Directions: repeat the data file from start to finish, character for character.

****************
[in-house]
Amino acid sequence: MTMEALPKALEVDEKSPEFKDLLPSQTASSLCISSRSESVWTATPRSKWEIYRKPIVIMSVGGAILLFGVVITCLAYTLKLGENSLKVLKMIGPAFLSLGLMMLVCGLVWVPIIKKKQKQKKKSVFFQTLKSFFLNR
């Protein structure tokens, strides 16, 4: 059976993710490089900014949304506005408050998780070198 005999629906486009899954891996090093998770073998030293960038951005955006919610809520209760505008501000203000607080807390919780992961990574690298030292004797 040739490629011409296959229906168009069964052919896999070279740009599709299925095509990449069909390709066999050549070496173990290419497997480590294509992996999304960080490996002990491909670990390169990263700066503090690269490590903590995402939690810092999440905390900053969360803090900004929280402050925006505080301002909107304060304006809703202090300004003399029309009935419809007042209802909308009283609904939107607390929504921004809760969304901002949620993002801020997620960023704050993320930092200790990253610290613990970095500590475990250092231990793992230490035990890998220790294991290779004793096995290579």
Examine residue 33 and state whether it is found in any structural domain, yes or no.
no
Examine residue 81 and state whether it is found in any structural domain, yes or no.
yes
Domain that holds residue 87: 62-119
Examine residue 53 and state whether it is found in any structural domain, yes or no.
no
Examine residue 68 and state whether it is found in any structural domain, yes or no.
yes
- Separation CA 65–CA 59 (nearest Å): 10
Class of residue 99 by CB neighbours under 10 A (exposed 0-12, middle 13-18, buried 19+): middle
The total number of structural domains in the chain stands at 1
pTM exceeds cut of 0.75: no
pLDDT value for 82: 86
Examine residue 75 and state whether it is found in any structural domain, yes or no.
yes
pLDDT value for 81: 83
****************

[in-house]
Amino acid sequence: MTMEALPKALEVDEKSPEFKDLLPSQTASSLCISSRSESVWTATPRSKWEIYRKPIVIMSVGGAILLFGVVITCLAYTLKLGENSLKVLKMIGPAFLSLGLMMLVCGLVWVPIIKKKQKQKKKSVFFQTLKSFFLNR
């Protein structure tokens, strides 16, 4: 059976993710490089900014949304506005408050998780070198 005999629906486009899954891996090093998770073998030293960038951005955006919610809520209760505008501000203000607080807390919780992961990574690298030292004797 040739490629011409296959229906168009069964052919896999070279740009599709299925095509990449069909390709066999050549070496173990290419497997480590294509992996999304960080490996002990491909670990390169990263700066503090690269490590903590995402939690810092999440905390900053969360803090900004929280402050925006505080301002909107304060304006809703202090300004003399029309009935419809007042209802909308009283609904939107607390929504921004809760969304901002949620993002801020997620960023704050993320930092200790990253610290613990970095500590475990250092231990793992230490035990890998220790294991290779004793096995290579």
Examine residue 33 and state whether it is found in any structural domain, yes or no.
no
Examine residue 81 and state whether it is found in any structural domain, yes or no.
yes
Domain that holds residue 87: 62-119
Examine residue 53 and state whether it is found in any structural domain, yes or no.
no
Examine residue 68 and state whether it is found in any structural domain, yes or no.
yes
- Separation CA 65–CA 59 (nearest Å): 10
Class of residue 99 by CB neighbours under 10 A (exposed 0-12, middle 13-18, buried 19+): middle
The total number of structural domains in the chain stands at 1
pTM exceeds cut of 0.75: no
pLDDT value for 82: 86
Examine residue 75 and state whether it is found in any structural domain, yes or no.
yes
pLDDT value for 81: 83